French lawmakers passed a sweeping bill on Monday that effectively bans the use of smartphones and tablets in French school systems, we learned via The Washington Post.
The French Parliament voted overwhelmingly (62-1) on Monday to ban smartphones and personal tablets from schools.
France already restrained students from using smartphones and personal tablets during instruction hours since 2010, but the new ban prohibits students aged 3 to 15 from even bringing their devices to school.
Students in France aren’t the only ones being told to curtail their phone use. The country now says drivers can no longer use mobile devices even when the car is parked, or engine is turned off.
Before this policy became law, French students were barred from using smartphones and tablets during classroom hours but could use them between classes. And even though this new law bans smart devices outright, the wording does make exceptions for educational use, extracurricular activities, and for students with disabilities.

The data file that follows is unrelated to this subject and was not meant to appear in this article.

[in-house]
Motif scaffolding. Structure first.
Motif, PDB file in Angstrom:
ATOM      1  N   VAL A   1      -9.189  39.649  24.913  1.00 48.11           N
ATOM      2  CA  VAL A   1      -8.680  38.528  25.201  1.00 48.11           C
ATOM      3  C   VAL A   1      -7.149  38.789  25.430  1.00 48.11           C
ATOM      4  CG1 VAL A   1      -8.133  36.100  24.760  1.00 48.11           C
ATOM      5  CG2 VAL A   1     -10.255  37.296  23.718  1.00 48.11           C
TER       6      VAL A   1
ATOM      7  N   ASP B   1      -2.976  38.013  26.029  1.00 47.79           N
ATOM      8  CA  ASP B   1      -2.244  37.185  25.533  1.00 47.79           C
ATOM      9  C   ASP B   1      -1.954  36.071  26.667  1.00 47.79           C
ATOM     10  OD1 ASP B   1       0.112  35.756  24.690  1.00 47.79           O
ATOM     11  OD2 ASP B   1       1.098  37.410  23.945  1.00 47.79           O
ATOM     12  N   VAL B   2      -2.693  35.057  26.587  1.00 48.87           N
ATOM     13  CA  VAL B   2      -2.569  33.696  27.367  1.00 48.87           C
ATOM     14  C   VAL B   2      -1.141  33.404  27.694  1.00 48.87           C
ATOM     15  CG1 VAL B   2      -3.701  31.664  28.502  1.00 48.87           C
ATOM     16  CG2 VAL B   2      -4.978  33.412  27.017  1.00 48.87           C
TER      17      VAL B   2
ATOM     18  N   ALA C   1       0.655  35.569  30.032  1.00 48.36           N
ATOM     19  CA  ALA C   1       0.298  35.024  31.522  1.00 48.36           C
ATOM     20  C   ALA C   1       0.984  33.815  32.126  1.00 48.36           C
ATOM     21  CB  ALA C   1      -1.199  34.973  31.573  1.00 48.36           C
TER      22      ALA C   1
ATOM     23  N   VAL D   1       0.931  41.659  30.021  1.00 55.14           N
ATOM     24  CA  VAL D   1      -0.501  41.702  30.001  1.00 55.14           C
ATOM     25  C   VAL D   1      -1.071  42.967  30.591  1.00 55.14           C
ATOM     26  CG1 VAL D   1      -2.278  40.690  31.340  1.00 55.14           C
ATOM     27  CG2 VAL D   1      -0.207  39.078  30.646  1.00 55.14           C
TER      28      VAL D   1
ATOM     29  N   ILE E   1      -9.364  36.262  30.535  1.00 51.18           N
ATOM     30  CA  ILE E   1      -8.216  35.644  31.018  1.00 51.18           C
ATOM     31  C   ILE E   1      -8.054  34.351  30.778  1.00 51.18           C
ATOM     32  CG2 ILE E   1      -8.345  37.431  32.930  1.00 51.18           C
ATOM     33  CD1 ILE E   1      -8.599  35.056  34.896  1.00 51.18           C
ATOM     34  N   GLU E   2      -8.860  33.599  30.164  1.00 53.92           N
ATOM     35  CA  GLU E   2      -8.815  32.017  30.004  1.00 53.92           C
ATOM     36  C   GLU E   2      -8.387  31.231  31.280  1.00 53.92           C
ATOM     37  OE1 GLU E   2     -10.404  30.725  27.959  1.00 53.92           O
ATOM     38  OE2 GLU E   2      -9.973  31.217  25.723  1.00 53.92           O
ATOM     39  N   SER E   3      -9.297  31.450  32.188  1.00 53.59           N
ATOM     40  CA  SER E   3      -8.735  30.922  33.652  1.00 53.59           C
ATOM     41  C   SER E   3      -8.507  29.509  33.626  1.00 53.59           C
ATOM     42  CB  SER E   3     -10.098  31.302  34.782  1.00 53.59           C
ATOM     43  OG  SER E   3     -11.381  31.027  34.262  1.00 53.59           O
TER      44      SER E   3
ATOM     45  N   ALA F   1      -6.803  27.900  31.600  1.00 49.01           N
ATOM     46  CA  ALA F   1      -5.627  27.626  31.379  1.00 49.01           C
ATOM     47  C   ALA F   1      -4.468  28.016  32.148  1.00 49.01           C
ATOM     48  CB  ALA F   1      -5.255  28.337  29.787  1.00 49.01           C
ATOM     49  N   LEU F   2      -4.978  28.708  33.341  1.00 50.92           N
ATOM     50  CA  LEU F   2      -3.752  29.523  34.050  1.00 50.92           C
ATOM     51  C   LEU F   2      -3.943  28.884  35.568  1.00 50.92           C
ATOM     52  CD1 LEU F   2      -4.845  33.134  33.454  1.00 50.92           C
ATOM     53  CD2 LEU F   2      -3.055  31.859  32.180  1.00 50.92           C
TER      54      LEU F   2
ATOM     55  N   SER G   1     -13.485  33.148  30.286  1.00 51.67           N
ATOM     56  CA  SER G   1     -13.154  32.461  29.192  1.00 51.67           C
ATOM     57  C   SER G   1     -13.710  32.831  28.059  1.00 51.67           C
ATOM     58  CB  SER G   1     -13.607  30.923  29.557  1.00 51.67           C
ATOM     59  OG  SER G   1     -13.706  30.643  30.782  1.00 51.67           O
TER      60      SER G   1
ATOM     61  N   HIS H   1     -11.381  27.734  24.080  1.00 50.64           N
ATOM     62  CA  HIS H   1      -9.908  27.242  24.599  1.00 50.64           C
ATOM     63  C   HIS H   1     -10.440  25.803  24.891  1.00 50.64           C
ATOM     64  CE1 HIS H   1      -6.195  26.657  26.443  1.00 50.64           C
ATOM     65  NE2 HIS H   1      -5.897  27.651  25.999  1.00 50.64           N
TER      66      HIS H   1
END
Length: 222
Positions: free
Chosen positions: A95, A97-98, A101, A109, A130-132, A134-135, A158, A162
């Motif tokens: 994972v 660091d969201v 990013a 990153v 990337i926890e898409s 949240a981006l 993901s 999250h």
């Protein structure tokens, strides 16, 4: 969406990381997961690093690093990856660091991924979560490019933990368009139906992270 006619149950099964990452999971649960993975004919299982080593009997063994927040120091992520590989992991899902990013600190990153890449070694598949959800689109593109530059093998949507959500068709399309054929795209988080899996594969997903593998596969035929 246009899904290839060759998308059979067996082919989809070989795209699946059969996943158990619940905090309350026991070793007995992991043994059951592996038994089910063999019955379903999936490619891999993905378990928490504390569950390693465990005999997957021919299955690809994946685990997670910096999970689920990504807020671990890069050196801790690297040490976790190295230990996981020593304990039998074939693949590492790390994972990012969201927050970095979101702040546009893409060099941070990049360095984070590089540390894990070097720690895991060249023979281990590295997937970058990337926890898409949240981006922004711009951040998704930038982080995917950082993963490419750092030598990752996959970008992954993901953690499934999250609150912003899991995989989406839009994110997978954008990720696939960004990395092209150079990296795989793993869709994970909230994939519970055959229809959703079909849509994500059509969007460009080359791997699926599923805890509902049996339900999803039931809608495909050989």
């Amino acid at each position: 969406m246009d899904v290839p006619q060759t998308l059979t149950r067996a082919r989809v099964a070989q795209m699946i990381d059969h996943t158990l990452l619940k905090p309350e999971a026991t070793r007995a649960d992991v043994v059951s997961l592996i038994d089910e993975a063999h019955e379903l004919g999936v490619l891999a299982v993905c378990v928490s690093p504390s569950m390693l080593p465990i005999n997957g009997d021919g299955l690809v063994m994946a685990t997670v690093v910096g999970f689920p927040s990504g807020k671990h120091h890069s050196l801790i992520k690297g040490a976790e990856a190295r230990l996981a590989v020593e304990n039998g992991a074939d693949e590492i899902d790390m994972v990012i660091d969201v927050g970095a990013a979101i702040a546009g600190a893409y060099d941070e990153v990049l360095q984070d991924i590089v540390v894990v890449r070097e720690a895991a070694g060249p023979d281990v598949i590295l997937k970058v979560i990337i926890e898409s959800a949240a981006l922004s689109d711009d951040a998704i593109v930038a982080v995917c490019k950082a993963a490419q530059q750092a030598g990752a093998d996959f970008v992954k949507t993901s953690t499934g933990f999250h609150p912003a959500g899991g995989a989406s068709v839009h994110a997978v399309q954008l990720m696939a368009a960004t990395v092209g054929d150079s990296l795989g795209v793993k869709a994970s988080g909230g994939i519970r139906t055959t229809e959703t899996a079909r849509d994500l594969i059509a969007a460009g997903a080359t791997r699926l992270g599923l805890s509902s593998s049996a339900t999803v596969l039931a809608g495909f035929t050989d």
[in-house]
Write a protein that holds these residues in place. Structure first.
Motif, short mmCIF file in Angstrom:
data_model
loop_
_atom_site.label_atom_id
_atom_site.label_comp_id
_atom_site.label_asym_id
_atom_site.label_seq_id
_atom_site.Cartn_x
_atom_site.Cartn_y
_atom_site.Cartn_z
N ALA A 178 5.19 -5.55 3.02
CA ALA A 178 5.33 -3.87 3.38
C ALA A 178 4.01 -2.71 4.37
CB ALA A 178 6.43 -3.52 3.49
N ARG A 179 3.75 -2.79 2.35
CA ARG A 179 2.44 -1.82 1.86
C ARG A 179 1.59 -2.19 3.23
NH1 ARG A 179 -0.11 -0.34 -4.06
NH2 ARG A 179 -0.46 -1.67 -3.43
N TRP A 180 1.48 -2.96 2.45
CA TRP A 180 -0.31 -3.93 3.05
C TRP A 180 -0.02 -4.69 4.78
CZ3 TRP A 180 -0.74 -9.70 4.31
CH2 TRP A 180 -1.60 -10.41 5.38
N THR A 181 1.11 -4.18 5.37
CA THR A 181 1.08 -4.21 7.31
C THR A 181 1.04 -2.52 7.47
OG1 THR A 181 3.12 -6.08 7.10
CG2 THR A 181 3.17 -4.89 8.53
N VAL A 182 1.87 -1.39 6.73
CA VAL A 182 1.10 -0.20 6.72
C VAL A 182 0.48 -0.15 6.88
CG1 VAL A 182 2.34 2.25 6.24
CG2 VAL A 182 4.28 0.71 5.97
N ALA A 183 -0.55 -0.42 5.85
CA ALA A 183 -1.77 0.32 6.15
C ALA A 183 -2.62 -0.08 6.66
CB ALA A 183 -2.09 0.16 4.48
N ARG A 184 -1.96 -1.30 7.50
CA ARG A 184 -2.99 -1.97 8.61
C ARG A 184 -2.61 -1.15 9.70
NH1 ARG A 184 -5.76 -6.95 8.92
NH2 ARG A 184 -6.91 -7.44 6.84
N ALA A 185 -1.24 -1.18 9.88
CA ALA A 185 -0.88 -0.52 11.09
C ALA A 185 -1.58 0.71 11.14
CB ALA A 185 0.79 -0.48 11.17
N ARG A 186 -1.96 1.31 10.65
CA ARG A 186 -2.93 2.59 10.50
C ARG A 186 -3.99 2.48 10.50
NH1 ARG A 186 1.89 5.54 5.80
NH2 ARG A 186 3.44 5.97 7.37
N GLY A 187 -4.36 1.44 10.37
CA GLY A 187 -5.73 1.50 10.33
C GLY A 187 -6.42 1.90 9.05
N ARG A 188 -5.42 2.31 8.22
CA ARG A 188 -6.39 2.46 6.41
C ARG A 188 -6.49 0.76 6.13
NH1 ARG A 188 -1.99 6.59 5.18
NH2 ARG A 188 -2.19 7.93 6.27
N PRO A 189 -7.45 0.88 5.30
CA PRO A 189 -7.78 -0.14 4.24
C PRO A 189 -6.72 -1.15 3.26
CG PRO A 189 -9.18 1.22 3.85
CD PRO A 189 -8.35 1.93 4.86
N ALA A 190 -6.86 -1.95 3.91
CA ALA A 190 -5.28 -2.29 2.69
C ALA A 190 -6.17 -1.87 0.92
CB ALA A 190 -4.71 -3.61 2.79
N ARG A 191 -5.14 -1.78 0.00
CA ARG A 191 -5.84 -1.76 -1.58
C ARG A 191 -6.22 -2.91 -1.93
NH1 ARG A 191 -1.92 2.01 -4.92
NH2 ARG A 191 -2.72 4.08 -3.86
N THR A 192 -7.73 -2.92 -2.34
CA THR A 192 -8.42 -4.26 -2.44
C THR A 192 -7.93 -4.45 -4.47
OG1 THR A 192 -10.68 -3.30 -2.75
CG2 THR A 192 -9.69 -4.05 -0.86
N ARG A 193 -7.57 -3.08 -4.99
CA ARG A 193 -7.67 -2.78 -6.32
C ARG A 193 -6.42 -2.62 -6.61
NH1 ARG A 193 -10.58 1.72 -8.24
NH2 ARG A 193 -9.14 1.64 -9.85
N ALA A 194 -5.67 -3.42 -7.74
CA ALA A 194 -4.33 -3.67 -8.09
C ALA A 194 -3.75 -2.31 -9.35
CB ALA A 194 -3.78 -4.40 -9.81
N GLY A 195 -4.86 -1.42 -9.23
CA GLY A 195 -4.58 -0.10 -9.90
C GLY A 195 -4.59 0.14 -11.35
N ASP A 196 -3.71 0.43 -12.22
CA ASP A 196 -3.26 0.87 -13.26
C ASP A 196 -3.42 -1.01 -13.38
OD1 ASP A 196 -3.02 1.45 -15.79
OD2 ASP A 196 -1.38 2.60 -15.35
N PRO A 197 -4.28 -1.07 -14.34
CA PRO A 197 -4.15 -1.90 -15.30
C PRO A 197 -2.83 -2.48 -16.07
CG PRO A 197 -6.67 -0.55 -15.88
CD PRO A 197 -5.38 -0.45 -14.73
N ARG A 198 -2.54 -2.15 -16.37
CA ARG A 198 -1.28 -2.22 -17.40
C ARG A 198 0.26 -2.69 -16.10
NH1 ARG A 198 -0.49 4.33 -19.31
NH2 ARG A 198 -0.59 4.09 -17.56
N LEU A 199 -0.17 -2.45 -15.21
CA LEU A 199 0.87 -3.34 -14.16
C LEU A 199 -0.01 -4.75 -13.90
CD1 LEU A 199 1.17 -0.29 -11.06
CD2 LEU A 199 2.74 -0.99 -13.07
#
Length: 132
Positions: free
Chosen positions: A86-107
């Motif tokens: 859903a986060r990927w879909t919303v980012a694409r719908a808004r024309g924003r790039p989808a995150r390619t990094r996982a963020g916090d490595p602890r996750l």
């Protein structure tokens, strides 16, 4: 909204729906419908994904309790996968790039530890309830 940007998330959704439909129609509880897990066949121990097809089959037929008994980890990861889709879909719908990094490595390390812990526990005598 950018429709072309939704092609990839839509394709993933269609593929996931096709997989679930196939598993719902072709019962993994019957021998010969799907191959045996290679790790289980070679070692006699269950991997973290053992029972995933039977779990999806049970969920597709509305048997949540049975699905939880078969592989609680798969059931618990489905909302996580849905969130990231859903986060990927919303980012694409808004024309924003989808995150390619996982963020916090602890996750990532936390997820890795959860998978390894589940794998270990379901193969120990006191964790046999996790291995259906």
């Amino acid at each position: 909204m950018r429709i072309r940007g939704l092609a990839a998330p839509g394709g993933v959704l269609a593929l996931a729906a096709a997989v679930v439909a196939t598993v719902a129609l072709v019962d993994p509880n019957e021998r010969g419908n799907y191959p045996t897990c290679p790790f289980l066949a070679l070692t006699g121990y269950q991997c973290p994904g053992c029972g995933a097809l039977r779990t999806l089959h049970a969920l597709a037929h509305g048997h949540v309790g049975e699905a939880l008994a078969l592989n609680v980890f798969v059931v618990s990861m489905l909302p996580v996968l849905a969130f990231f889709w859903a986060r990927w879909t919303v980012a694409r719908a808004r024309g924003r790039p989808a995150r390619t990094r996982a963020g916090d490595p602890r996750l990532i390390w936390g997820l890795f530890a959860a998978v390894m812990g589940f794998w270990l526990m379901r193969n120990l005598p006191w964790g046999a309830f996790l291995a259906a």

Those opposed to the ban previously cited the logistical problems of storing phones, and suggested signal jamming as a possible alternative. But experts fear excessive mobile phone use and the allure of the internet may be fuelling cyber-addiction, sleep disruption and bullying.
Speaking with LCI News, France’s Education Minister Jean-Michel Blanquer argued mobile phones might be a “technological advance,” but they should not “monopolize our lives.”
It’s not the first time the country has limited the use of technology in everyday life, either. Last year, it’s government passed another law that required French companies to draft rules that would limit work emails and the ‘right to disconnect’ outside of the office – aiming to reduce job-related stress.